Wednesday, August 10, 2011

The U.P. Katmon Revisited

Katmon fruit
Tree with lots of fruit
A couple of weeks ago I was asked to point out to the production staff of a local television show where the katmon is growing in the U.P. Diliman campus.  The show had a wonderful idea of exploring lesser known native trees and their choice to feature that week was the underrated katmon tree or Dillenia philippinensis.  They approached me as I have featured katmon in a previous blog at

Open fruit
The Melchor Hall katmon
I knew then that trees would be in fruit, because a a month or so earlier, most katmons I saw were in flower. A katmon tree in flower is a sight to behold,
because of the impressive frisbee-sized white blooms.  But a specimen in fruit is also attractive with the light colored round fruits standing out against the dark green foliage. I was also looking forward to see the big UP specimen in front of Melchor Hall and we found it heavily burdened with fruits in different ripening stages.  The show staff then went on to do the necessary shots of the katmon tree. We also tasted the fruit and found it sour. But it is more pleasntly agreeable than the true elephant apple fruit or Dillenia indica.

Katmon and elephant apple
Cross section of katmon and elephant apple
Sadly the show did not feature the katmon as scheduled. My inquiry regarding its airing remained unanswered (no courtesy reply -SOP for TV shows?). They probably scrapped it because of deadline issues. But I have taken pictures of the tree that afternoon which I hope would do justice to its beauty.  Picked up a couple of the fallen ripe fruits too.  I hope the seeds will germinate as I can't wait to have a specimen of my own in my garden.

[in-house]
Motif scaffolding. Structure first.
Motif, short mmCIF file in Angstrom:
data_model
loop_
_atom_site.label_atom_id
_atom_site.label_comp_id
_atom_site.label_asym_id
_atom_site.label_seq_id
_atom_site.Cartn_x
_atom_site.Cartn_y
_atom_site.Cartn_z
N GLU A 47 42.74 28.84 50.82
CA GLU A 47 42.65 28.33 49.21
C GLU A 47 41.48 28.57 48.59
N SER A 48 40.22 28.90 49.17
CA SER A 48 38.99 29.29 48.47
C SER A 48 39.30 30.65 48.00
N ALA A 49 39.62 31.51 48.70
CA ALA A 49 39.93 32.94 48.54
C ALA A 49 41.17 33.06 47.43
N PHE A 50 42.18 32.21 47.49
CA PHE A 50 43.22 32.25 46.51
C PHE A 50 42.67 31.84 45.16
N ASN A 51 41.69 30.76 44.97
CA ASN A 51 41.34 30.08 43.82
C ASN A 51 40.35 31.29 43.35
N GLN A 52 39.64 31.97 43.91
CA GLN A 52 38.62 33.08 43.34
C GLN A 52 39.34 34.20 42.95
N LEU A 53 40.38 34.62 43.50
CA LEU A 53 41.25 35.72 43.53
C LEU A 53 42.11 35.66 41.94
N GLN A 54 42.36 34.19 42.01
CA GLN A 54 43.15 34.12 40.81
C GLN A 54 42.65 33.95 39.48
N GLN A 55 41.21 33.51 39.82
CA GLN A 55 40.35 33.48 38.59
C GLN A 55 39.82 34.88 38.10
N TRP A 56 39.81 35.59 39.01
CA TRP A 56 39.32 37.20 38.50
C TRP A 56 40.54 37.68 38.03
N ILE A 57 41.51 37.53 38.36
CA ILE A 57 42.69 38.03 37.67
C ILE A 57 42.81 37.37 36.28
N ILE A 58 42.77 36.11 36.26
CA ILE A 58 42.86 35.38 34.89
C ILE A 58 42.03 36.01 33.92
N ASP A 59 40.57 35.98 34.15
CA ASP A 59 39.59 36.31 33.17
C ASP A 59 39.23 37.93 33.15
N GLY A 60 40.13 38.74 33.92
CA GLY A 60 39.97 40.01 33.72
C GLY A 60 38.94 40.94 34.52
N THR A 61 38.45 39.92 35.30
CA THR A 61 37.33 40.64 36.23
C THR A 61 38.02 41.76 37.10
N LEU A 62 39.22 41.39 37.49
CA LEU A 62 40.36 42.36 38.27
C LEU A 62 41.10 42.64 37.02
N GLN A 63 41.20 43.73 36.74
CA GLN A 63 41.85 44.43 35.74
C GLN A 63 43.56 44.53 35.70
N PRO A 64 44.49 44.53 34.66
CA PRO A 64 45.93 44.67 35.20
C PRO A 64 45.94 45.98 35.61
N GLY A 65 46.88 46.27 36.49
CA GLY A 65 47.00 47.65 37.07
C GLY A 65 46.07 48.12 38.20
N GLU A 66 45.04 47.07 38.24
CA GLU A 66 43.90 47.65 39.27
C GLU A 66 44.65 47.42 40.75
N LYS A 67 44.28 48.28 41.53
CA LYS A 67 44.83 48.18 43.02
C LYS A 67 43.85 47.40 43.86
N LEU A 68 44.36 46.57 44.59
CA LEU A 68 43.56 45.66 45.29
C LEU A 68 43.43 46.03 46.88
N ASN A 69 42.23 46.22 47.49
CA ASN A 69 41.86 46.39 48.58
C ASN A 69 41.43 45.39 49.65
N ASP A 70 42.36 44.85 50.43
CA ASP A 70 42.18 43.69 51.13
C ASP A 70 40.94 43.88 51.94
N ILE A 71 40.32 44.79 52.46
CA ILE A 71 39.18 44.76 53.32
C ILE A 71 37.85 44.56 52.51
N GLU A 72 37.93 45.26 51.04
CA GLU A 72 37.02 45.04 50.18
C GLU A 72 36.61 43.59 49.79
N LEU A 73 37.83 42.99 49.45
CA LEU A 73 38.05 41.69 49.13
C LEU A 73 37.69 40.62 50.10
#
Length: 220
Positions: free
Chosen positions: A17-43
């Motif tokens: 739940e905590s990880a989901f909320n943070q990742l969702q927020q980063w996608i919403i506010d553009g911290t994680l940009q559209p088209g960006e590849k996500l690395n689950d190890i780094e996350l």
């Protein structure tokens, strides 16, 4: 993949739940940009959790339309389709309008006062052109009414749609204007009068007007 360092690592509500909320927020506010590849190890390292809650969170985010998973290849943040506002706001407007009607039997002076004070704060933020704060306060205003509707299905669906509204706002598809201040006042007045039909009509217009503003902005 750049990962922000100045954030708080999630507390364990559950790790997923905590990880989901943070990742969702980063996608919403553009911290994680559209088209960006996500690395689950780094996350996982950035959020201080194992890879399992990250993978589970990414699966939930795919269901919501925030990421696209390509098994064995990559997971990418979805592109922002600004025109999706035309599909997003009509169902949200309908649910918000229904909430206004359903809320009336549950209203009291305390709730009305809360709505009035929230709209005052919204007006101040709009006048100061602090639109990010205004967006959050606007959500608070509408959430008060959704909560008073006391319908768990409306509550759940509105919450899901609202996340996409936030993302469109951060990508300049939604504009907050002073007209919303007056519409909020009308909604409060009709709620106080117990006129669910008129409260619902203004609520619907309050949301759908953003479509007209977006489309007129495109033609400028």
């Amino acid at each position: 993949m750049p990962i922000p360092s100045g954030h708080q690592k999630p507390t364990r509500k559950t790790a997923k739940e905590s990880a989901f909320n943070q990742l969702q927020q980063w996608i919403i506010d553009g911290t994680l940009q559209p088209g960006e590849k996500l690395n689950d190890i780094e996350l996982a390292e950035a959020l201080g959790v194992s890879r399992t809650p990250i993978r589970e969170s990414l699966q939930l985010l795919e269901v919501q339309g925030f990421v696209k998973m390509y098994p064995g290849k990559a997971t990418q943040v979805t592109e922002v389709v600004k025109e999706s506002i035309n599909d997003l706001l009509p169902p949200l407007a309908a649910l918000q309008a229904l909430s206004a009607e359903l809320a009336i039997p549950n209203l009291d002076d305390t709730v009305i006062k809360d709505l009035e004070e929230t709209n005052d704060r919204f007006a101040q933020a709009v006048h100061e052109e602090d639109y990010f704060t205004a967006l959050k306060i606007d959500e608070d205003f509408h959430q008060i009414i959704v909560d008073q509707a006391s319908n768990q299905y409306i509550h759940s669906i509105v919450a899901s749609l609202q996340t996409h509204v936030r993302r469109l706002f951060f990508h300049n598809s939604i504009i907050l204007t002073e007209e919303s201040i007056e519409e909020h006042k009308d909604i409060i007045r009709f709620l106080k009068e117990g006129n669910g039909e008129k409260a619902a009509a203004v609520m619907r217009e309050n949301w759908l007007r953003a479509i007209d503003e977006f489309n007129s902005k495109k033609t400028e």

Andrea said...

Would you know which katmon tastes sweeter, this species or that one in front of UST? From the area of Capitol Hills Drive, i can see flowering tall trees on that side at the back of Matandang Balara. Sometimes one canopy is fully covered with white flowers, this time one side of another tree is covered with yellow. The view is lovely but i haven't been to that side of UP though.

metscaper said...

probably agreeable is a better term than sweet. Our katmon is sour, the elephant apple I am afraid to taste, but I was told has a certain 'askad' and bitterness. People who tasted said the katmon has a better agreeable taste.

Bom / Plant Chaser said...

Too bad about the show. I wish there were a way to get more people interested in plants and nature in general.

metscaper said...

pano nga ba? Can't even get comments in this blog. hehehe.

dr magsasaka said...

Patrick, very few are interested, that's all.

1784 said...

Surprisingly, a lot of people show genuine interest but few follow through, to the extent, say of driving out of town to see a particular specimen or commenting on a blog, especially if they feel they're not an authority or have little affinity with the blogger.

What I have found interesting is that a lot of people who are rural or suburban know very well about trees, plants, seasons, and nature in general compared to typical urban, internet users.

This blog by itself is a great contribution! And plantchaser's too :)

metscaper said...

Thanks. ButI am hoping to get the insights of these people in the know. as some of the most interestion stories about plants come from common people who experienced them in every day life.

Cali Bernardez said...

i am interested in this plant, I'm a student from UP Los BaƱos, a food technology student. one of my classmates made Katmon the topic for her product development subject, i was one of the sensory judges who sampled the product. the product is Katmon jam, one with the skin and pulp mixed, and the other one using only the pulp. If it wasn't for her, i would not have known what katmon is. the jam was really yummy! it has this sweet taste (jam nga eh) that is neutralized by the fruit's sourness..tangy and sweet at the same time.